The rules for ultimate tic-tac-toe are similar to the original game, but with an extra dimension. As you can see, each square of the large tic-tac-toe board has another tic-tac-toe squarer within it, and to take a square in the larger board, you must win the game within that square. The real wrinkle comes next...

Any move made in a little board dictates which little board is to be played next. In this example, the red X is in the top right corner of its own little board, which means the next move mus be played in the top right corner of the big board.

Anyone who has done turn-based complete information game programming knows that heuristic search using some form of alpha beta pruning is the way to go, such as this example for regular tic-tac-toe. For simple games like that, all you need is a move generator for each position, and some heuristic score which can be used to compare positions at the end of each search to tell you who is winning. In game trees that you can search the full depth, you can just return something like 1 for X winning, -1 for O winning, and 0 for a cats game. But there is a maximum depth of 81 with a branching factor of 9 in ultimate tic tac toe, so the heuristic becomes the interesting part.

We can find some interesting observations looking at one mini board in isolation. Where in regular tic-tac-toe, there is always a back and forth of who plays next... but here, one player could be sent to the same board many more times than their opponent. In fact, it is possible that only one player ever makes moves on a given board. Also, since the macro view of the game dominates the micro view, we find that even when a board could clearly be won on the next move, that doesn't imply that the next move should be to take the win. Good moves almost appear to be random from the prospective of the mini-board. We can take this to the extreme, and say that from any starting position on a mini board, we can estimate the probability of a winner for that board by simulating out thousands of random continuations of pieces from either side to empty squares. Since each miniboard has nine squares, and each square has either an X, an O, or nothing... there are 3^9 possible positions to consider, which works out to just 19683 positions. I wrote a program to pre-populate this table mapping any possible starting position for a little board to a probability that this board would be won by either X or O, given the assumptions of randomness from above.

52.3% | 50.9% | 49.3% |

45.2% | 62.7% | 59.9% |

11.1% | 90.1% | 50.3% |

Applied at game time, we can reduce our tic-tac-toe board to a 9x9 board of probabilities that any one square is going to be won by a given player. You could sort of use this to speculate on what your chances are for winning a given row or column by combining the probabilities... for instance, my chances of winning the vertical center row are .509 * .627 * .901, or approximately a 28% chance. However, the game is a race, and while I may have better chances of winning the center column, it is balanced with the chances that my opponent wins the left column. To adjust for this, I decided to take a probability board like the one above, and again randomly simulate thousands of times from such positions the process of choosing squares using the probability to decide who would win that square, and repeating until the game had ended. This would give me a pseudo-probability of who would win the game in such a position. Of course, the size of such a search field is too large to cache, so I decided to use these probabilities to train a classifier for linear regression.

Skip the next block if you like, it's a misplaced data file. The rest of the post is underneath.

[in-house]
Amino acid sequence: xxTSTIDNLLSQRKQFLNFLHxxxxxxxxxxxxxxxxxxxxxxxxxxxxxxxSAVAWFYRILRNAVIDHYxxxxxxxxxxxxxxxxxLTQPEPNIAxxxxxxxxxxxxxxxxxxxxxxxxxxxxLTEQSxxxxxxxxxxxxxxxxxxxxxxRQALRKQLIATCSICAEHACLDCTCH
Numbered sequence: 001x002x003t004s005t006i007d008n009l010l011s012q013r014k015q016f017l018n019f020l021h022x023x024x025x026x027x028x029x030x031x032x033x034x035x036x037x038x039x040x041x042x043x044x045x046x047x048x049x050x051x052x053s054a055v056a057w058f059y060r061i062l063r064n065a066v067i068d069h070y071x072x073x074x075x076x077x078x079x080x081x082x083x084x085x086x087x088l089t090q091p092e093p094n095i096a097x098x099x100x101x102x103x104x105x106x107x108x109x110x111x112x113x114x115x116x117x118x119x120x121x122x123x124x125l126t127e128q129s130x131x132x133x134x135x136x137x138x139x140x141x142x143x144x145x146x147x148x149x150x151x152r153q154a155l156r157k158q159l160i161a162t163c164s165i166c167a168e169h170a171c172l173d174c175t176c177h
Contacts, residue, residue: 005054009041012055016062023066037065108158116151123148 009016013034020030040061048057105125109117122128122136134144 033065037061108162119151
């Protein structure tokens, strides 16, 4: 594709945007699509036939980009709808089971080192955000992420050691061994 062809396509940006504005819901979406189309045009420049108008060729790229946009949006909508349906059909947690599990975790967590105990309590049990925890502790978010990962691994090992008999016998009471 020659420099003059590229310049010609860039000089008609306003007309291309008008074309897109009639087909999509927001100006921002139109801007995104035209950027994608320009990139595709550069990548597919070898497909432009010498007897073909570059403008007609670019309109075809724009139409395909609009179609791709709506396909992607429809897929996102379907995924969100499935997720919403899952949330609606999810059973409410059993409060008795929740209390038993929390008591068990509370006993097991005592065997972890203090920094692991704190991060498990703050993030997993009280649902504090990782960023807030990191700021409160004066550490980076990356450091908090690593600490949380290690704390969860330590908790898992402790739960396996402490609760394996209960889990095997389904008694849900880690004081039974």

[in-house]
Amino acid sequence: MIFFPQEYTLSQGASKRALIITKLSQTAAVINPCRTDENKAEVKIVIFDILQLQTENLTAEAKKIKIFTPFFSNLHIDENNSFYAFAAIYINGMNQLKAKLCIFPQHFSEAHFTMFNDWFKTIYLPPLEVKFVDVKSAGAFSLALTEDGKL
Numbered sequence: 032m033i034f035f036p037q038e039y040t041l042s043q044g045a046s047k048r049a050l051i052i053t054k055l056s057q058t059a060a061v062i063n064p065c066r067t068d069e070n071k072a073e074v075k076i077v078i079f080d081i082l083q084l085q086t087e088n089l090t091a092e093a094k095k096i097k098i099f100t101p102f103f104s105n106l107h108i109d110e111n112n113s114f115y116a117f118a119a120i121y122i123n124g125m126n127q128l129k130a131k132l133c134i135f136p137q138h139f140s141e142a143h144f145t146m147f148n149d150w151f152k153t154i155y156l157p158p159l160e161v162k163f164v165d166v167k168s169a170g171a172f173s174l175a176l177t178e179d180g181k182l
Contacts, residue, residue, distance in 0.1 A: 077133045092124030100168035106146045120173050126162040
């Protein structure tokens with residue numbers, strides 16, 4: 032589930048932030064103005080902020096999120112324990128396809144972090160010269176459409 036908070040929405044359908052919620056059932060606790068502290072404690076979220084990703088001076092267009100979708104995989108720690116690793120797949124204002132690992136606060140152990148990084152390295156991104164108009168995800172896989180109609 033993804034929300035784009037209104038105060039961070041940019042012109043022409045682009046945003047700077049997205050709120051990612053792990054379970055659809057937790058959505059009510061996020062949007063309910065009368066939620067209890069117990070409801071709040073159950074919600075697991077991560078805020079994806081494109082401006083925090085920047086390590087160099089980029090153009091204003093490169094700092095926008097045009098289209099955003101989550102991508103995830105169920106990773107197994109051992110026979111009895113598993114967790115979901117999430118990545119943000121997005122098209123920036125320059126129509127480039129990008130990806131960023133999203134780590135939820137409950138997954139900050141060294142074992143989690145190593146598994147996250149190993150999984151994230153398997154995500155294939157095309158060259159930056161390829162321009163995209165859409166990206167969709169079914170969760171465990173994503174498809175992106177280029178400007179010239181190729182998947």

So for those of you who don't remember, linear regression involves collecting sample inputs to sample outputs in the form A*X + B = Y... where Y is the variable our model will try to produce. In our case, I want to take some combination of the probability board as our X, and the simulated probability of winning the game described above as our Y. Then we can solve the system of equations for some set of scalars A that can be used to combine an arbitrary set of inputs to produce a probability of winning. Rather than make X simply the probabilities from the board above, I decided to collect the combined probabilities for winning any given row, column, or diagonal for each player, and using those instead. So our A*X + B = Y starts to look like...

So for those of you who don't remember, linear regression involves collecting sample inputs to sample outputs in the form A*X + B = Y... where Y is the variable our model will try to produce. In our case, I want to take some combination of the probability board as our X, and the simulated probability of winning the game described above as our Y. Then we can solve the system of equations for some set of scalars A that can be used to combine an arbitrary set of inputs to produce a probability of winning. Rather than make X simply the probabilities from the board above, I decided to collect the combined probabilities for winning any given row, column, or diagonal for each player, and using those instead. So our A*X + B = Y starts to look like...

One of the reasons I like using linear classifiers, is because there are certain techniques that make training them extremely easy. In this case, using the pseudo-inverse allows us to solve this equation for A very easily, even given a large set of sample points that don't form a square matrix. The result is a set of weighs that can be multiplied by the input values, and summed to a predicted score for the game.

There was a bit of code to this work, I posted on github here. Feel free to use these ideas generically to create a heuristic score without having to understand the tactics and strategies of whichever game you are creating.

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